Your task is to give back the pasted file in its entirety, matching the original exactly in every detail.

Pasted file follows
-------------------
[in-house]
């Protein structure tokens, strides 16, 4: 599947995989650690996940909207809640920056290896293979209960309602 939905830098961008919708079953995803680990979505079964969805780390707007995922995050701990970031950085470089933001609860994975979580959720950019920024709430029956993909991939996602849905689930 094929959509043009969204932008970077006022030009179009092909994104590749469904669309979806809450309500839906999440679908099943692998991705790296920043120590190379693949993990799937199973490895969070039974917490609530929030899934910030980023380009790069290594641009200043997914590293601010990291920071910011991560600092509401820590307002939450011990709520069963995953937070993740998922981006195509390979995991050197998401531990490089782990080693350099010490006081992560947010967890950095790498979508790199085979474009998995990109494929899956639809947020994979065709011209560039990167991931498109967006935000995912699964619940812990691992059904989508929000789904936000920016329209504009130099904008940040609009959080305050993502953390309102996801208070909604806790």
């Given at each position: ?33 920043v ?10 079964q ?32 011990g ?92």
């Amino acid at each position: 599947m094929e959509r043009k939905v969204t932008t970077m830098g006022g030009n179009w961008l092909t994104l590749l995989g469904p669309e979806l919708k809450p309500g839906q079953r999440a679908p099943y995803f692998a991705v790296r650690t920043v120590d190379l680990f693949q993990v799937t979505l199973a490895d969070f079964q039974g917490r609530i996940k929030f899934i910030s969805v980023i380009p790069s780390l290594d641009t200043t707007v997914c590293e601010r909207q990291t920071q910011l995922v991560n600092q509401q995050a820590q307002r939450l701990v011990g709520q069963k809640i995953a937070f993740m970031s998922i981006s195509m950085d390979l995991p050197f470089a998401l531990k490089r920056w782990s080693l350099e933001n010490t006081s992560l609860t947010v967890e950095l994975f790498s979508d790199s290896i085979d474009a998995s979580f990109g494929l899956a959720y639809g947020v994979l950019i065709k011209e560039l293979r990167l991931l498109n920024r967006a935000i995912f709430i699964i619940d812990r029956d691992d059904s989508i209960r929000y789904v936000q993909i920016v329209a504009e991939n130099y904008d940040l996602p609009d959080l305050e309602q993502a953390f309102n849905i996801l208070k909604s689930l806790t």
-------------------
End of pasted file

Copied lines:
[in-house]
């Protein structure tokens, strides 16, 4: 599947995989650690996940909207809640920056290896293979209960309602 939905830098961008919708079953995803680990979505079964969805780390707007995922995050701990970031950085470089933001609860994975979580959720950019920024709430029956993909991939996602849905689930 094929959509043009969204932008970077006022030009179009092909994104590749469904669309979806809450309500839906999440679908099943692998991705790296920043120590190379693949993990799937199973490895969070039974917490609530929030899934910030980023380009790069290594641009200043997914590293601010990291920071910011991560600092509401820590307002939450011990709520069963995953937070993740998922981006195509390979995991050197998401531990490089782990080693350099010490006081992560947010967890950095790498979508790199085979474009998995990109494929899956639809947020994979065709011209560039990167991931498109967006935000995912699964619940812990691992059904989508929000789904936000920016329209504009130099904008940040609009959080305050993502953390309102996801208070909604806790």
């Given at each position: ?33 920043v ?10 079964q ?32 011990g ?92």
């Amino acid at each position: 599947m094929e959509r043009k939905v969204t932008t970077m830098g006022g030009n179009w961008l092909t994104l590749l995989g469904p669309e979806l919708k809450p309500g839906q079953r999440a679908p099943y995803f692998a991705v790296r650690t920043v120590d190379l680990f693949q993990v799937t979505l199973a490895d969070f079964q039974g917490r609530i996940k929030f899934i910030s969805v980023i380009p790069s780390l290594d641009t200043t707007v997914c590293e601010r909207q990291t920071q910011l995922v991560n600092q509401q995050a820590q307002r939450l701990v011990g709520q069963k809640i995953a937070f993740m970031s998922i981006s195509m950085d390979l995991p050197f470089a998401l531990k490089r920056w782990s080693l350099e933001n010490t006081s992560l609860t947010v967890e950095l994975f790498s979508d790199s290896i085979d474009a998995s979580f990109g494929l899956a959720y639809g947020v994979l950019i065709k011209e560039l293979r990167l991931l498109n920024r967006a935000i995912f709430i699964i619940d812990r029956d691992d059904s989508i209960r929000y789904v936000q993909i920016v329209a504009e991939n130099y904008d940040l996602p609009d959080l305050e309602q993502a953390f309102n849905i996801l208070k909604s689930l806790t």